As described by the CDC, “Infectious diseases whose incidence in humans has increased in the past 2 decades or threatens to increase in the near future have been defined as “emerging.” These diseases, which respect no national boundaries, include:
Central nervous system infections cause significant mortality and morbidity worldwide, but especially in low- and middle-income countries. According to the World Health Organization, Central nervous system infections caused ~35 million Disability Adjusted Life Years (DALYs) globally in 2012. Clinical outcomes are highly dependent upon the rapid identification of the causative agent and instituting effective (antimicrobial) therapy. However, current diagnostics are inadequate and the causative agent is identified in <50% of the patients. Furthermore, Southeast Asia (including Vietnam) is highly susceptible to vector-borne diseases (e.g. Japanese encephalitis and Zika virus), vaccine-preventable diseases (e.g. Streptococcus pneumoniae), multi-drug resistant organisms (e.g. Mycobacterium tuberculosis) and emerging novel pathogens (e.g. Nipah virus). New diagnostic approaches are urgently required for the rapid response to these evolving challenges and to improve patient outcomes.
We aim to answer three main research questions:
Despite extensive diagnostic efforts the majority of severe infections (as sepsis and acute central nervous system infections) remains undiagnosed in routine clinical situations, but also in clinical studies with the aim to detect all known pathogens. For example, in clinical studies carried out by OUCRU in Viet Nam, between 20-40% of respiratory infections and 40-60% of central nervous system infections a pathogen could not be detected. This implies that there are still pathogens causing disease that we are unaware of, while South East Asia (including Vietnam) is predicted to be one of the hotspots of future emerging infections. Knowledge of which pathogens cause these severe diseases and building of local capacity that is capable of dealing with future emerging infections of unknown origins are important for both clinical management and public health interventions.
Our pathogen discovery programme aims to:
Hand, foot and mouth disease is an emerging infection of major public health significance in the Asia-Pacific region. Annually, hand, foot and mouth disease affects over two million children in Asia. In 2011 and 2012 Vietnam experienced two large outbreaks with over 200,000 children requiring hospitalization and over 200 deaths. Currently, there is no effective antiviral drug available to treat the infected patients, while vaccine has only been available for enterovirus A71, but its use is limited within China.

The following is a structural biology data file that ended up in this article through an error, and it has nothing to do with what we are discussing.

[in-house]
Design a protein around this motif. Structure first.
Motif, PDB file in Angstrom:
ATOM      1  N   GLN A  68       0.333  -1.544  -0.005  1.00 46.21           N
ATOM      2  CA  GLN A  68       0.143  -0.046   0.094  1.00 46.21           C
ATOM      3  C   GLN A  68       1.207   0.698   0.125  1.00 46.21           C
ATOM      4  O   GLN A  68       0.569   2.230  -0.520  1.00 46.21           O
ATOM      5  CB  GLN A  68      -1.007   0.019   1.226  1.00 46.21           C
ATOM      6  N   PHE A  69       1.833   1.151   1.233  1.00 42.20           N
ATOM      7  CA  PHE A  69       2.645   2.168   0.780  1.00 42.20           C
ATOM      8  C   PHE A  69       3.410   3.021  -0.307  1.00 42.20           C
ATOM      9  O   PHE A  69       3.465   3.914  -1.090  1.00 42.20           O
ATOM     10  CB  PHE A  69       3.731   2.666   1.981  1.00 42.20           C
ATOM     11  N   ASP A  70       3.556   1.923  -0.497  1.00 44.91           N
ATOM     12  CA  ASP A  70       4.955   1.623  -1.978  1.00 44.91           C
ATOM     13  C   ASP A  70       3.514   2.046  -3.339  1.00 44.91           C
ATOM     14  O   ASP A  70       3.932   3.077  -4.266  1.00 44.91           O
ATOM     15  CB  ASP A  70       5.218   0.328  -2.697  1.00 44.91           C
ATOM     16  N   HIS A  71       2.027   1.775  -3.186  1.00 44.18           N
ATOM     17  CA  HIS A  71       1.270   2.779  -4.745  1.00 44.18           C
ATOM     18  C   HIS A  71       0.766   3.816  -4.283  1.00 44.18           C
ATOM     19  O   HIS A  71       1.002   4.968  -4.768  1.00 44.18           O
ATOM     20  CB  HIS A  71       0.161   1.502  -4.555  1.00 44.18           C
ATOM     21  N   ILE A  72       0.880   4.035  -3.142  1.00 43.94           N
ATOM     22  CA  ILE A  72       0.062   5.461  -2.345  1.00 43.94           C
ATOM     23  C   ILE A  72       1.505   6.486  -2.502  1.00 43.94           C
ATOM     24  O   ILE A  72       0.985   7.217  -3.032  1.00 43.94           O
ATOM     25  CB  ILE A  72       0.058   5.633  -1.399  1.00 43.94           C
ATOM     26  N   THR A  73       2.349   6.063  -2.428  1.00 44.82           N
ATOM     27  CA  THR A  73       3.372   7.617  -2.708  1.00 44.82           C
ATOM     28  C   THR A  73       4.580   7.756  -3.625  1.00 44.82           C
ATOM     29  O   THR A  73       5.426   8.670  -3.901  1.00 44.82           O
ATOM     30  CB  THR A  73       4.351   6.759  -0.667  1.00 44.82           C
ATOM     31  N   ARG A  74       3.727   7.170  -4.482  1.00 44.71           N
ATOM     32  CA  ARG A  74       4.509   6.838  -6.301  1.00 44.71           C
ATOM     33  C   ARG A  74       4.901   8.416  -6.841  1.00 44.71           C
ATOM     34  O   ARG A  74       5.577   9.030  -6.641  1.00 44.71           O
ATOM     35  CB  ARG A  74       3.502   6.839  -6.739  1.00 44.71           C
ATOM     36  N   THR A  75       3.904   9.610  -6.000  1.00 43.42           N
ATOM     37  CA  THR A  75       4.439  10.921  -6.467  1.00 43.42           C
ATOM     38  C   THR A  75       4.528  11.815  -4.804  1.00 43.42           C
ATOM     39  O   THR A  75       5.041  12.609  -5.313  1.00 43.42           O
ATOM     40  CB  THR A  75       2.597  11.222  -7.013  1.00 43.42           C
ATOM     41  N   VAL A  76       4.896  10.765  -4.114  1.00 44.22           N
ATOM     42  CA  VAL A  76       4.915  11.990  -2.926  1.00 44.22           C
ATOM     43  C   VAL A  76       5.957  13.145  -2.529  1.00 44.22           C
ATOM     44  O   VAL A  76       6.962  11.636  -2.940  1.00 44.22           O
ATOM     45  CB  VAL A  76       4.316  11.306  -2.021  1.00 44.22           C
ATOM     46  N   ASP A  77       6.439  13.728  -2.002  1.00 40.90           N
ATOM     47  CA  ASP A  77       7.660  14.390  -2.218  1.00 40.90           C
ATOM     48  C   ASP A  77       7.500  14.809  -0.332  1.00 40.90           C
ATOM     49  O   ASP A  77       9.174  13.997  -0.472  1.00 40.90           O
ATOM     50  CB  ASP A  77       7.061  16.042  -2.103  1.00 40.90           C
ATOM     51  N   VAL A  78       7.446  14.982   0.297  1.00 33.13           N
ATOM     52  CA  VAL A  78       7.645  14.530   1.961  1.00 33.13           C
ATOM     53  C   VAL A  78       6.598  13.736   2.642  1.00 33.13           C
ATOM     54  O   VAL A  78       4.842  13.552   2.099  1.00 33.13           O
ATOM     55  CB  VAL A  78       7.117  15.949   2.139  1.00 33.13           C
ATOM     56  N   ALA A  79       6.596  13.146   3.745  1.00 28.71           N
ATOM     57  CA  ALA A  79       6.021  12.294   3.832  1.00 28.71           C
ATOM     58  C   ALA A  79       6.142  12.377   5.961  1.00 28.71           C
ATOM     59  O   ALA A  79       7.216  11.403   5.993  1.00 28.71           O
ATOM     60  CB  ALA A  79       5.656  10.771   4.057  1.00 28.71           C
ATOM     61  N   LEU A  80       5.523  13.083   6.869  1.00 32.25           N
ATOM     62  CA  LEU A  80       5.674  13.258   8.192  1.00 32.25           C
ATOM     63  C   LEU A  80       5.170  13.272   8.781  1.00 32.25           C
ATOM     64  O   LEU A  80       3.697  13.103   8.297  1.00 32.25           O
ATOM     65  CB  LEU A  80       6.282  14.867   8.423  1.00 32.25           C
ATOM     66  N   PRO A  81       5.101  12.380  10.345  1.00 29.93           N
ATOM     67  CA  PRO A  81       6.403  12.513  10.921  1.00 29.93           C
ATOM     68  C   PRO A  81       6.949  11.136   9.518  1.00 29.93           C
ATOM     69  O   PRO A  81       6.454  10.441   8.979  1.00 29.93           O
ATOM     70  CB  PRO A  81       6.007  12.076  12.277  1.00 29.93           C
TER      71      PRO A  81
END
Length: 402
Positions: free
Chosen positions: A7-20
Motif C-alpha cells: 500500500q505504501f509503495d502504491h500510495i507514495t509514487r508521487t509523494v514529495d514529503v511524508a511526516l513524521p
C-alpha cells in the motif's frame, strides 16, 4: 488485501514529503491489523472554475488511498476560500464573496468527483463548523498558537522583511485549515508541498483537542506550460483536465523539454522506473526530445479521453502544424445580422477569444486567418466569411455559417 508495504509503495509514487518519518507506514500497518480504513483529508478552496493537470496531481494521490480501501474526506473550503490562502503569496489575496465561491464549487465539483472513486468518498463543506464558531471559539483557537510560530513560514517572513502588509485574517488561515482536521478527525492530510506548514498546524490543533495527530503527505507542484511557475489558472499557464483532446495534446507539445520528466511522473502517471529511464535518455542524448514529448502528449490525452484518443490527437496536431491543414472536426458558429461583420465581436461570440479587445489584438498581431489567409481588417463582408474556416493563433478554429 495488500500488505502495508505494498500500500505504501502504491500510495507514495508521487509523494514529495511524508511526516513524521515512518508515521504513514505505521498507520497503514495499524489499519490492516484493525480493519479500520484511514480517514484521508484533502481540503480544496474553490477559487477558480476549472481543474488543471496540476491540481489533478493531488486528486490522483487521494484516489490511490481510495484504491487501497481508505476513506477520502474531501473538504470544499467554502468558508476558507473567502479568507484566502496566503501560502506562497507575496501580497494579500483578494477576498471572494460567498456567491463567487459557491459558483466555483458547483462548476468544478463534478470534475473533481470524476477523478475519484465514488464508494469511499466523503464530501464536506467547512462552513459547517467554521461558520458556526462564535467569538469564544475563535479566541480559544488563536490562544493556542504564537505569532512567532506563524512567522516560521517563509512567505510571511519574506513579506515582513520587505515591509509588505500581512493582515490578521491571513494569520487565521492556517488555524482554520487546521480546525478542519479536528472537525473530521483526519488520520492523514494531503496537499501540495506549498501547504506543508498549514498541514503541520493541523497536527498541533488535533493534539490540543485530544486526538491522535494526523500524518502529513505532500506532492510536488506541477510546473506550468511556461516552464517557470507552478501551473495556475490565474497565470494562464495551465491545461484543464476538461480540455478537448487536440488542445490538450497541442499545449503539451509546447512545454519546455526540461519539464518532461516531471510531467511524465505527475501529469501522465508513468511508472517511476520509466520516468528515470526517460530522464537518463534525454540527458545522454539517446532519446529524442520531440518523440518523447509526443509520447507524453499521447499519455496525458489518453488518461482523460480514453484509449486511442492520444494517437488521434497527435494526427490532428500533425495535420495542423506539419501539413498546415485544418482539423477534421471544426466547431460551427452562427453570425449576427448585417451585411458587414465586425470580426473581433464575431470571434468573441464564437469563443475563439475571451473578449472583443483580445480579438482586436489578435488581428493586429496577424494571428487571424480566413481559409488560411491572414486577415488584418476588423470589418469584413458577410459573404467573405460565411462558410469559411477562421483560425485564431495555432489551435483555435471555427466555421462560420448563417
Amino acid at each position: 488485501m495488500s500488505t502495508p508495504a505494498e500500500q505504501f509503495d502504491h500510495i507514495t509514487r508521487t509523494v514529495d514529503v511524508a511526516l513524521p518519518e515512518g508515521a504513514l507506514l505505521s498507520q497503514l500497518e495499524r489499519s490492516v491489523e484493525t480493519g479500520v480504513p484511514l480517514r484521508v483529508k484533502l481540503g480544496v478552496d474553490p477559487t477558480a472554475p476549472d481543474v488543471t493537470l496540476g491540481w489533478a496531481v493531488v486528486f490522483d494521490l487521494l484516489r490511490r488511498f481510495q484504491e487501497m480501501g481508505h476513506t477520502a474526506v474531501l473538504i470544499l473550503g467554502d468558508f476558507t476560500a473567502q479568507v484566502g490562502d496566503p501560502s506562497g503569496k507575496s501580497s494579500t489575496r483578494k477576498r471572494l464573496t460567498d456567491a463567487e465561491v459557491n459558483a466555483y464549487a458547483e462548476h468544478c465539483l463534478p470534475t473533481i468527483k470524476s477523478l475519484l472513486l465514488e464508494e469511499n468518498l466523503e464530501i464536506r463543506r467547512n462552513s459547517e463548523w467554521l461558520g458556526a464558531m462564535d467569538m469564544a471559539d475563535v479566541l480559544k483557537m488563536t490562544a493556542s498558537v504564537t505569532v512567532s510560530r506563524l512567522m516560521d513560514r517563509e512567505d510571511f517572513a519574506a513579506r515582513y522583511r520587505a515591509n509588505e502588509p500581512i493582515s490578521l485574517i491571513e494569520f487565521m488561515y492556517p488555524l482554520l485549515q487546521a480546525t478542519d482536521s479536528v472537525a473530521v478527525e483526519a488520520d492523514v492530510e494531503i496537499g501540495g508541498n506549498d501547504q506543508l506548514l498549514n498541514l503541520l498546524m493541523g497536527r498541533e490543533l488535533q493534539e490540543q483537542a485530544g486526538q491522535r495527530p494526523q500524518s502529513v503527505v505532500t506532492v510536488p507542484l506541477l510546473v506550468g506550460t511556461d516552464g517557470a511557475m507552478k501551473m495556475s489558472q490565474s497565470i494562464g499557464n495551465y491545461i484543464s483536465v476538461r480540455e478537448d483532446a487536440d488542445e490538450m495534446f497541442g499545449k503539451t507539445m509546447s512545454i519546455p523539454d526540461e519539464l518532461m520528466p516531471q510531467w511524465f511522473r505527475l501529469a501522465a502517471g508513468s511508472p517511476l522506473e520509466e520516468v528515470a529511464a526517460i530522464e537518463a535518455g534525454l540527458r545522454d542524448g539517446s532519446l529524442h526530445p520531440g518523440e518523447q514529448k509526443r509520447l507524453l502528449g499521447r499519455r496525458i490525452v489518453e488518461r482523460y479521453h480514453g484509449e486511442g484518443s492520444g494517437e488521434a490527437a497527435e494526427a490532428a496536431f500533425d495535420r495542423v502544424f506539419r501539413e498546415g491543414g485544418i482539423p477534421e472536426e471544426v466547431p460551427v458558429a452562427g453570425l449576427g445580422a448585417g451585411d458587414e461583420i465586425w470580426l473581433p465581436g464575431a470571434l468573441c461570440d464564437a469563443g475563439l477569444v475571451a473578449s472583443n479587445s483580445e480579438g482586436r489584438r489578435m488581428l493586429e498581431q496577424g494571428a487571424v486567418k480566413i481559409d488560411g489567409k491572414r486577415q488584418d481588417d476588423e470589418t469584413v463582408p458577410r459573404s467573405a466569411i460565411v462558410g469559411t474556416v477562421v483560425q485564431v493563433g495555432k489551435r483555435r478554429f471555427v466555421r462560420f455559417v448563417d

Some of the key questions we are trying to answer with our current clinical and laboratory research program on hand, foot and mouth disease:
Clinical research, whether observational or interventional, has become an intrinsically slow process and the time from a completed protocol to the first enrolled patient could be up to two years for several reasons. This has been a major barrier to initiating clinical research in outbreak settings as was demonstrated during the 2009 pandemic of influenza (H1N1-pdm09). To address the need for change in our approach to research in these situations, OUCRU is collaborating with ISARIC, the International Severe Acute Respiratory and Emerging Infection Consortium (ISARIC).
Despite being a vaccine preventable disease, tetanus continues to be a problem in Vietnam. Tetanus is a severe disease where muscle spasm affects the whole body, eventually interfering with the ability to breath. In many countries, 50% or more people contracting tetanus will die because of this. Patients with tetanus need treatment in the intensive care unit for several weeks at least which also exposes them to other dangers such as hospital acquired infection with multidrug resistant organisms. We have been working with the Hospital for Tropical for Tropical Diseases on ways of improving tetanus treatment for over 20 years. We are working both on treating the disease better but also preventing it occurring. Our main questions are